JACKSON, Miss. A group of researchers from the University of Oxford, Harvard Medical School and the University of Mississippi Medical Center has constructed the world's most detailed genetic map, a tool scientists can use to better understand the roots of disease and how DNA is passed generationally to create diversity in the human species.
About 5,000 Jackson-area volunteers were included in a group of nearly 30,000 African-Americans whose genetic information the scientists used to create the map.
The map pinpoints genome locations where people splice together DNA from their mothers and fathers to produce sperm or eggs. That process, known as recombination, mixes DNA from the person's parents and passes it on to his or her children.
Almost every prior genetic map was developed in people of European ancestry. The new map is the first built in African-Americans.
"The world's best genetic map is now built in African-Americans," said David Reich, professor of genetics at Harvard Medical School, who co-led the study with Simon Myers, a lecturer in statistics at the University of Oxford. "This map, built in 30,000 African-Americans who are from studies of heart disease and cancer, has a resolution so high it is now the world's most accurate map."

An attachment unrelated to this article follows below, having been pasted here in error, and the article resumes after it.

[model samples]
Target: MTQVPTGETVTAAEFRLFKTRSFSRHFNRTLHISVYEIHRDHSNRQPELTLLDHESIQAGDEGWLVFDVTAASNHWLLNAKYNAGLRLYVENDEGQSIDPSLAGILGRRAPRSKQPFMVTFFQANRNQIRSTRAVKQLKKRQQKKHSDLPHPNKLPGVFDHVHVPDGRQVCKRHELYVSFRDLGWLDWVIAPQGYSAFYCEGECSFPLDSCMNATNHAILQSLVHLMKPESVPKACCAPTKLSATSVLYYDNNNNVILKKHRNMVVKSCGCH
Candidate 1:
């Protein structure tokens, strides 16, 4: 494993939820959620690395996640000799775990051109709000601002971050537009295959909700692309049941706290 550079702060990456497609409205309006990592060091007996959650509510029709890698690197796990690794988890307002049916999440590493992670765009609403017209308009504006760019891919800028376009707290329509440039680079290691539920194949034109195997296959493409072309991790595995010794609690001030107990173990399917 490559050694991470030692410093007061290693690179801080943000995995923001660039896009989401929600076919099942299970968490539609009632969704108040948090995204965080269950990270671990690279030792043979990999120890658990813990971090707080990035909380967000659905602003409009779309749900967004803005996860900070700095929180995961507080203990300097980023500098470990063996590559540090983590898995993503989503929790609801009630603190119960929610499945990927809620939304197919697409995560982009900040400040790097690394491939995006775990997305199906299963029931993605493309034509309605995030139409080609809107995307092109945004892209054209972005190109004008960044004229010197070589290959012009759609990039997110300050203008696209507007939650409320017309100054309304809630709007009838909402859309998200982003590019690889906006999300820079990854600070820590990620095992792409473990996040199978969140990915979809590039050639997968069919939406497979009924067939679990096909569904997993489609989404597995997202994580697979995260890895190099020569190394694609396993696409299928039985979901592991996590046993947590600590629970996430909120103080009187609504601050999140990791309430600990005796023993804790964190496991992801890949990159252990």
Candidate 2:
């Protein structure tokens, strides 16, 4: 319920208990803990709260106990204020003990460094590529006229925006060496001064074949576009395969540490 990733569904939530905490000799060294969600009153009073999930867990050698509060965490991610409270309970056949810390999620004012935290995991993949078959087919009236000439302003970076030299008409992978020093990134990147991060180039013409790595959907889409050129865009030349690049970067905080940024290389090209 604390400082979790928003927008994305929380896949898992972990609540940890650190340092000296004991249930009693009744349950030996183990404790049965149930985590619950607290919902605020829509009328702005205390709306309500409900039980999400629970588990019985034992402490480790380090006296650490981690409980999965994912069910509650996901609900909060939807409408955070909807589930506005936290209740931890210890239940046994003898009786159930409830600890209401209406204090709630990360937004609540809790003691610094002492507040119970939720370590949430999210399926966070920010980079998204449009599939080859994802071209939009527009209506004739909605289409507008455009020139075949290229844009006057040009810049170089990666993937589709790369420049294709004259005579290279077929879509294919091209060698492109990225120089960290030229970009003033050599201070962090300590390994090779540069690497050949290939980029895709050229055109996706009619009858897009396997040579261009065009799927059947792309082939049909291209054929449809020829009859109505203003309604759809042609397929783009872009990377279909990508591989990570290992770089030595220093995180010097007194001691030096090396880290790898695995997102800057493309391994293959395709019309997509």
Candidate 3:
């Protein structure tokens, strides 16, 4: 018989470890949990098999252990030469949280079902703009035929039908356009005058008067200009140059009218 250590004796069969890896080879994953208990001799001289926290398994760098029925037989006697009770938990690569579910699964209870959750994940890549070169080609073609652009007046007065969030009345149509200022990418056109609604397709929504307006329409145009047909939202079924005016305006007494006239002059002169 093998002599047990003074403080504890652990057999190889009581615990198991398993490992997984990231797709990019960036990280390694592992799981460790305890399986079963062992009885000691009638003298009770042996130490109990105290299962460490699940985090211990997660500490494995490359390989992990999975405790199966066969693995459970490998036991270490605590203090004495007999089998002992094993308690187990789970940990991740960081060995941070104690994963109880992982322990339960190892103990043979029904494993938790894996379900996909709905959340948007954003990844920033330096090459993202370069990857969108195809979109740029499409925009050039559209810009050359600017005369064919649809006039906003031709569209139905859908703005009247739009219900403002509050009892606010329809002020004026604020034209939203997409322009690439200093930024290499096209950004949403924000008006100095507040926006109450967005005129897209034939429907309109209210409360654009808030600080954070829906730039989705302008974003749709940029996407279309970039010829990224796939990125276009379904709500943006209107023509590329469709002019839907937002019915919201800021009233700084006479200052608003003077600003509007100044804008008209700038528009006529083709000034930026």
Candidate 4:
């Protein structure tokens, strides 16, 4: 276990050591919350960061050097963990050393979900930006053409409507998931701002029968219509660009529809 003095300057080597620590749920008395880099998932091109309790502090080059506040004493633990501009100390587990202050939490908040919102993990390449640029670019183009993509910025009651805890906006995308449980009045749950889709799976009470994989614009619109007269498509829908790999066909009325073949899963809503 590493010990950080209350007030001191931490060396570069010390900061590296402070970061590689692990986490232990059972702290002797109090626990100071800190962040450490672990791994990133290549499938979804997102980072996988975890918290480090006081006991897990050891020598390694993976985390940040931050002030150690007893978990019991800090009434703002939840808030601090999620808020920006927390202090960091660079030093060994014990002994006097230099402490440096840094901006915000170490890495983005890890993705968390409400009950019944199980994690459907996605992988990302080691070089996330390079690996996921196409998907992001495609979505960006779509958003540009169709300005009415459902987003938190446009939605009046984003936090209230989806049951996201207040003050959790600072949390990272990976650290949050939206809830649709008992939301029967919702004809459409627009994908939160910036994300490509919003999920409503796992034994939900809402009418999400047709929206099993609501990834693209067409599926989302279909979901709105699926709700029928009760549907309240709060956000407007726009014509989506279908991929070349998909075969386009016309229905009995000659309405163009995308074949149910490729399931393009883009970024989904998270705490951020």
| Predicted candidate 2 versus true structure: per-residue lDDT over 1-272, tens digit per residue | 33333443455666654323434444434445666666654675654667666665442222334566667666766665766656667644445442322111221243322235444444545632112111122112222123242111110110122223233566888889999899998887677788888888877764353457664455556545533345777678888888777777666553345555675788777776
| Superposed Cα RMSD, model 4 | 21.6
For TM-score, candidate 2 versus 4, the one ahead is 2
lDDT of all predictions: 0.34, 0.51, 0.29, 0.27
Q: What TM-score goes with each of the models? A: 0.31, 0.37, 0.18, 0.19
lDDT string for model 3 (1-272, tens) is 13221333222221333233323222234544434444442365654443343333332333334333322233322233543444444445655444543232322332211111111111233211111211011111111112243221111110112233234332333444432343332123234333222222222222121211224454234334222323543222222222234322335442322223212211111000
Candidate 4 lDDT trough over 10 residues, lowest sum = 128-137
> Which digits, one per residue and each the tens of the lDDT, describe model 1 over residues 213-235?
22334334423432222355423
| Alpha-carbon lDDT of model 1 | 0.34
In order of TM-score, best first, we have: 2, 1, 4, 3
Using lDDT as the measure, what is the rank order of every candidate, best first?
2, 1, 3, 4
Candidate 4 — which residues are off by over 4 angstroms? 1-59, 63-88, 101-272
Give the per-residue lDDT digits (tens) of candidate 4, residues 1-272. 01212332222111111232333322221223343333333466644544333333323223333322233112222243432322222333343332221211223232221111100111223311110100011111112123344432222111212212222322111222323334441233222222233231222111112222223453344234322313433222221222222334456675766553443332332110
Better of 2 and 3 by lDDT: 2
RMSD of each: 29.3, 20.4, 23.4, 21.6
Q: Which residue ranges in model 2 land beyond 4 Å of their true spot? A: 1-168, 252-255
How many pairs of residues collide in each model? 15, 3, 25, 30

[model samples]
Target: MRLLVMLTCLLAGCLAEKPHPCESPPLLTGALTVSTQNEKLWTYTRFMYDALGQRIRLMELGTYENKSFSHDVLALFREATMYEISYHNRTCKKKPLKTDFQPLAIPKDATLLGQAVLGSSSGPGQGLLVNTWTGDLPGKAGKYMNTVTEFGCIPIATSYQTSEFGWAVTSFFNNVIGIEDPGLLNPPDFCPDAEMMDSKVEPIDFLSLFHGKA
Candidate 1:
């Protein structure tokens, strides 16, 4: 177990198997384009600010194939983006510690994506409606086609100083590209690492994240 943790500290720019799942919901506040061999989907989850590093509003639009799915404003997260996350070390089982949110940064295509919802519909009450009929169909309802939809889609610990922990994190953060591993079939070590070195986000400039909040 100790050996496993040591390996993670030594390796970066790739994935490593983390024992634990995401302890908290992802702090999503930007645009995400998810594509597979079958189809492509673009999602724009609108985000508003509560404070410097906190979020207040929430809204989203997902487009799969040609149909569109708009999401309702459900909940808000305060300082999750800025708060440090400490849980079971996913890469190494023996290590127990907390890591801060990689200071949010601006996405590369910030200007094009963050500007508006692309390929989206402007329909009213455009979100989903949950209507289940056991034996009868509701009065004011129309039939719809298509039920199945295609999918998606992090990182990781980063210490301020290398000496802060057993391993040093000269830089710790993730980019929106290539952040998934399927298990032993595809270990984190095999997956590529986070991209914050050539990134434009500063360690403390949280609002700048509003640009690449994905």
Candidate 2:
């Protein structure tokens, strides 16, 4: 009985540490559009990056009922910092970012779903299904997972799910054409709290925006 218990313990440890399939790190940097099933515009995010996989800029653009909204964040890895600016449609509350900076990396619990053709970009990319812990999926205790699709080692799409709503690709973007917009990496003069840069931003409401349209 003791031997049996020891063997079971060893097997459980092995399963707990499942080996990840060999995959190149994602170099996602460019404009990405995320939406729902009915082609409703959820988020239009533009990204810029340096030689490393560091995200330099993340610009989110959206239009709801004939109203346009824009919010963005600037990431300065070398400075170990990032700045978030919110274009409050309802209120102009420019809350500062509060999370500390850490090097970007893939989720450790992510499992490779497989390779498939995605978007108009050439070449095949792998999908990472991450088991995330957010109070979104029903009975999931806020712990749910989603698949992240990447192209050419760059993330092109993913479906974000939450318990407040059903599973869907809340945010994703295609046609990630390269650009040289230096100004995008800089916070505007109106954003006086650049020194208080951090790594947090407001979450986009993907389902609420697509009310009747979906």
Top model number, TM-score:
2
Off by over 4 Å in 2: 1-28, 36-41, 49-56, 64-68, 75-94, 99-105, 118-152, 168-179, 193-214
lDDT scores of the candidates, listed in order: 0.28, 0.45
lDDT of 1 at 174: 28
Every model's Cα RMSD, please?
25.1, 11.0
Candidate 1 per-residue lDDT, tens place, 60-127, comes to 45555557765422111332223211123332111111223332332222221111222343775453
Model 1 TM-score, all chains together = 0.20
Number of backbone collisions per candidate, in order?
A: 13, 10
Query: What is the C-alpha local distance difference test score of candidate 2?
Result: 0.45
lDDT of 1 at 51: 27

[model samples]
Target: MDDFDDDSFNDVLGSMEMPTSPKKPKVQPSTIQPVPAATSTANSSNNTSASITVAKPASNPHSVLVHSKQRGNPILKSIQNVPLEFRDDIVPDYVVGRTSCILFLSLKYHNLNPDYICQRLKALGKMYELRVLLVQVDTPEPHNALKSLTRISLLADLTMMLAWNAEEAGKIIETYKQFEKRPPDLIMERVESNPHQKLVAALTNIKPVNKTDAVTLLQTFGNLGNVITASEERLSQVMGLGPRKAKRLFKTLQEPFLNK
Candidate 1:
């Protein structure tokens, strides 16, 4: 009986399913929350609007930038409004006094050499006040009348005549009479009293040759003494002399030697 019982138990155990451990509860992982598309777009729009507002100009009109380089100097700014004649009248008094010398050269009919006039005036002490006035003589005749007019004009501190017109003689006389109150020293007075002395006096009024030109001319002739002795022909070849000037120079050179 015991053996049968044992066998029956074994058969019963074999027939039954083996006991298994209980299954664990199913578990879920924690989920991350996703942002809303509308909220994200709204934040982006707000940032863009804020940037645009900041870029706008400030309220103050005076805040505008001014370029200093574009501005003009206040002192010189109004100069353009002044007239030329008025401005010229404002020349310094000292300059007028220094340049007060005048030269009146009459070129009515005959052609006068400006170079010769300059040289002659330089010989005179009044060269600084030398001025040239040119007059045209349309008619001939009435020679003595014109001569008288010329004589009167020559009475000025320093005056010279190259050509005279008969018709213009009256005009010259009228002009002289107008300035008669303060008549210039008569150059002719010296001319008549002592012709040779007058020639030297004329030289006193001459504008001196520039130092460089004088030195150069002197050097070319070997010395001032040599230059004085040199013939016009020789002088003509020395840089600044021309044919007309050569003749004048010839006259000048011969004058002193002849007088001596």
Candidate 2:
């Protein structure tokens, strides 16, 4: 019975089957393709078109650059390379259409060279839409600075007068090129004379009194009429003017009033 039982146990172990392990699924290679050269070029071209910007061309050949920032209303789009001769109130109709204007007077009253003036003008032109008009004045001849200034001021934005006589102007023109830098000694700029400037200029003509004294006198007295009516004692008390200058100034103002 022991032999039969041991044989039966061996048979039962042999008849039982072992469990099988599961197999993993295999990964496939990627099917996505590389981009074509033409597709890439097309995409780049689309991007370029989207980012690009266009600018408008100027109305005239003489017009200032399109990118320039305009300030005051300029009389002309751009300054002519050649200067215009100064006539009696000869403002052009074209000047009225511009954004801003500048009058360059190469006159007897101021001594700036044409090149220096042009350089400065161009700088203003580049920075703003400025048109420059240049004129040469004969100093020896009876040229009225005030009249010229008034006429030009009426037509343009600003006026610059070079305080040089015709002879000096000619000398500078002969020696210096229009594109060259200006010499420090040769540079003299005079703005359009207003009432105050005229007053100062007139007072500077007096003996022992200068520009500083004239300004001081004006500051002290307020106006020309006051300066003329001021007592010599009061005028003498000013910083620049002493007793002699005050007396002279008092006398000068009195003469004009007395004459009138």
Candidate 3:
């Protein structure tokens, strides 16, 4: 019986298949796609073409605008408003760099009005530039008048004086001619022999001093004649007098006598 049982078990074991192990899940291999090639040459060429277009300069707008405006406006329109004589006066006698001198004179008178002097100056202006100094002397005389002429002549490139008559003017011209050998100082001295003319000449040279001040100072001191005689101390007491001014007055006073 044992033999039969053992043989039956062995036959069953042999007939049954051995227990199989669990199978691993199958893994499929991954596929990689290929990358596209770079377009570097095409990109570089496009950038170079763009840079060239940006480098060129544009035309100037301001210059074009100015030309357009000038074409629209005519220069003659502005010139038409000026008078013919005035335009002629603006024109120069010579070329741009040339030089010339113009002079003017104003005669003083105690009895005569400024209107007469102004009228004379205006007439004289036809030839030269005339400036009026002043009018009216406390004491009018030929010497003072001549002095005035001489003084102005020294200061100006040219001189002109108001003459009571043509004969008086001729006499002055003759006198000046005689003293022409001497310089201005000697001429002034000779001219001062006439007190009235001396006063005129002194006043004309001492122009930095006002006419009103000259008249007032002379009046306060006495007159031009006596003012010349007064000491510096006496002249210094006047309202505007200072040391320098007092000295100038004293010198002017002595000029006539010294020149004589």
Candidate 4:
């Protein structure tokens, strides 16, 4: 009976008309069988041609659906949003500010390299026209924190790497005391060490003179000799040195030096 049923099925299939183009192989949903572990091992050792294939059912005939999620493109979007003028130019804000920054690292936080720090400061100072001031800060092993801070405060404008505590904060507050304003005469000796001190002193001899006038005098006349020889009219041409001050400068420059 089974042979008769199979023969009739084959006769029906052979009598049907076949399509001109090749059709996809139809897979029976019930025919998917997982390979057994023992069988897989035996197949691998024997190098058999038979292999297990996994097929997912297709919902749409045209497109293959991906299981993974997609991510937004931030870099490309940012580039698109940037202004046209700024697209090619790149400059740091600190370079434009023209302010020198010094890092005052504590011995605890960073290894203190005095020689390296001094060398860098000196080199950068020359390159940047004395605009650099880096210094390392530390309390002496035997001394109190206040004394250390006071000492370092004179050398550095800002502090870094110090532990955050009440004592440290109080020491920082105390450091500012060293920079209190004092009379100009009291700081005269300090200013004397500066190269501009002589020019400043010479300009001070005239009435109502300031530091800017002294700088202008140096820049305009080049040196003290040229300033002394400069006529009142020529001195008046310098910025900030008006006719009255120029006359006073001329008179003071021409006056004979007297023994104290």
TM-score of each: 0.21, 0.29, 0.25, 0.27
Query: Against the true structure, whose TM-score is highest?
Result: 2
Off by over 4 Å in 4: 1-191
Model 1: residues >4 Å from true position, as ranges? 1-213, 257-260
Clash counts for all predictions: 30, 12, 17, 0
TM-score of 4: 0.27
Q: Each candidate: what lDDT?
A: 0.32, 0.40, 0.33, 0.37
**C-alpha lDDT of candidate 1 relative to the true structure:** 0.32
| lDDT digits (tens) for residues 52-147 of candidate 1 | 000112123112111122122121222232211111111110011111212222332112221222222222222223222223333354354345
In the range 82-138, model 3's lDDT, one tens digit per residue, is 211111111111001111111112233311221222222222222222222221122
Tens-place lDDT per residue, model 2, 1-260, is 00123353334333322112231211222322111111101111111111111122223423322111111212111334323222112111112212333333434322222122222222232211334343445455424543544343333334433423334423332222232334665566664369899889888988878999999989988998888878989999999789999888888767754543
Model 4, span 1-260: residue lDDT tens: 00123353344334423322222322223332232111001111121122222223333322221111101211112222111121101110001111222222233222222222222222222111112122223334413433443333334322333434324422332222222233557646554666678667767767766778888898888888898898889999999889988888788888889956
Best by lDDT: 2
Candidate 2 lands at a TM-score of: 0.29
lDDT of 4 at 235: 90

The findings will be published in the July 21 edition of Nature.
Dr. James Wilson, UMMC professor of medicine and the study's coordinator, said the map holds promise for both broad, genome-wide applications and narrowly focused, single-disease research.
"The map will be helpful in finding the genetic roots of any disease that's affected by inheritance which is virtually every disease," he said.
For example, studies have shown certain diseases, such as hypertension, affect African-Americans at greater rates than whites, even with other variables like age, weight and socioeconomic level accounted for. The map could be used to better understand wh
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University of Mississippi Medical Center